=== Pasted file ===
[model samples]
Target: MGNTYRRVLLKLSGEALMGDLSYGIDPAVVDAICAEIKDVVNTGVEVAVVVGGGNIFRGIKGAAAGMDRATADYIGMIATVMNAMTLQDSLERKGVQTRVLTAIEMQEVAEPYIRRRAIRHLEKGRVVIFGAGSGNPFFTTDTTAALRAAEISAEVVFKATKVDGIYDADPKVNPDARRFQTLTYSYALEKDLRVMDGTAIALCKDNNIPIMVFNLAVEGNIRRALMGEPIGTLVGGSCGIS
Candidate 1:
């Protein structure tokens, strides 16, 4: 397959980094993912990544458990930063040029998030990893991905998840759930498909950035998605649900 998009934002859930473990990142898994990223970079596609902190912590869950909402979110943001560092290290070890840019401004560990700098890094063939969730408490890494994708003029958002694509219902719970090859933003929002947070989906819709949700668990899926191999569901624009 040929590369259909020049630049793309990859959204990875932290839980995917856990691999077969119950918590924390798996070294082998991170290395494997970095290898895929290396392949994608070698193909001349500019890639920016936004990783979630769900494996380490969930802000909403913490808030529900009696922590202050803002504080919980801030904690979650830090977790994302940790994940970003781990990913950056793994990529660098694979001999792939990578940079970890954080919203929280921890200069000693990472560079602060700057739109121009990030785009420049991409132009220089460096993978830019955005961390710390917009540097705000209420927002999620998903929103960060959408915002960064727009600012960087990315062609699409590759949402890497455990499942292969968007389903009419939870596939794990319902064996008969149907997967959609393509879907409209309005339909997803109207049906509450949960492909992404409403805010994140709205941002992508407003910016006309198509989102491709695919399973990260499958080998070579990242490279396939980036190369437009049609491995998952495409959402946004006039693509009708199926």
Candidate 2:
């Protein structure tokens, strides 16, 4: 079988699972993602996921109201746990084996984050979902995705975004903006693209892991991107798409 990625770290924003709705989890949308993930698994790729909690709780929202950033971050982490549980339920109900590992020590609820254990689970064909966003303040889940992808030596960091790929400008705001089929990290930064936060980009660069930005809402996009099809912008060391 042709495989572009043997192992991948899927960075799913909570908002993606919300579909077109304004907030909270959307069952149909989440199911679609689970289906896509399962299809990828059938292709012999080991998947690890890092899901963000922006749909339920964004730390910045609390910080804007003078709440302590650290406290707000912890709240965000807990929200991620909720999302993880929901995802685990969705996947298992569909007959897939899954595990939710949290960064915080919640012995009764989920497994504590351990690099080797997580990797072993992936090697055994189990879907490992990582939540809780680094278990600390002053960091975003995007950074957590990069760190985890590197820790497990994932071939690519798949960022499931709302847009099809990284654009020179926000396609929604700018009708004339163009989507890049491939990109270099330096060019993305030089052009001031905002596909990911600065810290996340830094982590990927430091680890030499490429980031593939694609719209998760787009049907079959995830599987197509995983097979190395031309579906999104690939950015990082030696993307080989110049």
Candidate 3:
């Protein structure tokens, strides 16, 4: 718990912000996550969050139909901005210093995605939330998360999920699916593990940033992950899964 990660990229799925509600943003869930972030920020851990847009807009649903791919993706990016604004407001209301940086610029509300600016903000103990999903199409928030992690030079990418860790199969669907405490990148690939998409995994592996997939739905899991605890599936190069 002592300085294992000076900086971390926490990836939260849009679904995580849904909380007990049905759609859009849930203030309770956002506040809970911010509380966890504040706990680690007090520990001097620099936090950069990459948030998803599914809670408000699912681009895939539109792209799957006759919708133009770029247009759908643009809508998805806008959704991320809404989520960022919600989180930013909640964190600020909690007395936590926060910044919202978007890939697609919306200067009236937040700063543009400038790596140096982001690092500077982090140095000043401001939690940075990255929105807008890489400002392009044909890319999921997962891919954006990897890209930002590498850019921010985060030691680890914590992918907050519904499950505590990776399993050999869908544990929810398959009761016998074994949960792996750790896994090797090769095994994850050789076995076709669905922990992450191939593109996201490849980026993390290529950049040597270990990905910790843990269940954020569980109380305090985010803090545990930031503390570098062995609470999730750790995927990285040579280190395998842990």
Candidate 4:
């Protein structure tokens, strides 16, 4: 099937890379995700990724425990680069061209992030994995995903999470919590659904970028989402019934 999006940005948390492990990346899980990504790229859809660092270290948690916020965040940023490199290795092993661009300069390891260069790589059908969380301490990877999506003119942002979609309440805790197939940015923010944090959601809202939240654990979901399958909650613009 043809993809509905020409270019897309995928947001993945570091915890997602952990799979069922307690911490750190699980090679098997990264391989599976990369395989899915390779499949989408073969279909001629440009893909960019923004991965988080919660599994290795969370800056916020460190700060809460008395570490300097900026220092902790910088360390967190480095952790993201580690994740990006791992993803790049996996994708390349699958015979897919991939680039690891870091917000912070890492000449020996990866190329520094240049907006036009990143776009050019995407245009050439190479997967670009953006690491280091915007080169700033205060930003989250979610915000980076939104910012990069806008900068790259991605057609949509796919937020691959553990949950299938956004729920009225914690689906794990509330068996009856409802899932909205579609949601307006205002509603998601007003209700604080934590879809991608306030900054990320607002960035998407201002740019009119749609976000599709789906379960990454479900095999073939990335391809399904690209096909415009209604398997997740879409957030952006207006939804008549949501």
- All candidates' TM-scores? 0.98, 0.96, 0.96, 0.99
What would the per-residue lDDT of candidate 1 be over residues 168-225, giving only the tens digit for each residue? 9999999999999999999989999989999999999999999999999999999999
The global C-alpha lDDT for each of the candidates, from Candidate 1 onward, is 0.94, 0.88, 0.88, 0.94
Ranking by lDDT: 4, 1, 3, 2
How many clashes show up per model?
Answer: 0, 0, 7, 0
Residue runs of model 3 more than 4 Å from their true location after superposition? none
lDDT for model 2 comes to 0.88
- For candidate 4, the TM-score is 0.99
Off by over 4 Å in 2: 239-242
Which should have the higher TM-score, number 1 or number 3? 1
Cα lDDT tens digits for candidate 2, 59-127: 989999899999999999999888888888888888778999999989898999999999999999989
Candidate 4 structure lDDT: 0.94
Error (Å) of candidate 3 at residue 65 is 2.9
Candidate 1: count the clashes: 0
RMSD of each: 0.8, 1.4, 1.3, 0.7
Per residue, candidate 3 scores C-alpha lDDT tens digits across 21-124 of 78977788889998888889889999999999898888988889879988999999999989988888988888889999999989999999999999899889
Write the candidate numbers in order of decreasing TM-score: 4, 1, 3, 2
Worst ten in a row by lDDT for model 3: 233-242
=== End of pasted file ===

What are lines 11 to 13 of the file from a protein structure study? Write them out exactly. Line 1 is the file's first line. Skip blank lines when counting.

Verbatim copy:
- All candidates' TM-scores? 0.98, 0.96, 0.96, 0.99
What would the per-residue lDDT of candidate 1 be over residues 168-225, giving only the tens digit for each residue? 9999999999999999999989999989999999999999999999999999999999
The global C-alpha lDDT for each of the candidates, from Candidate 1 onward, is 0.94, 0.88, 0.88, 0.94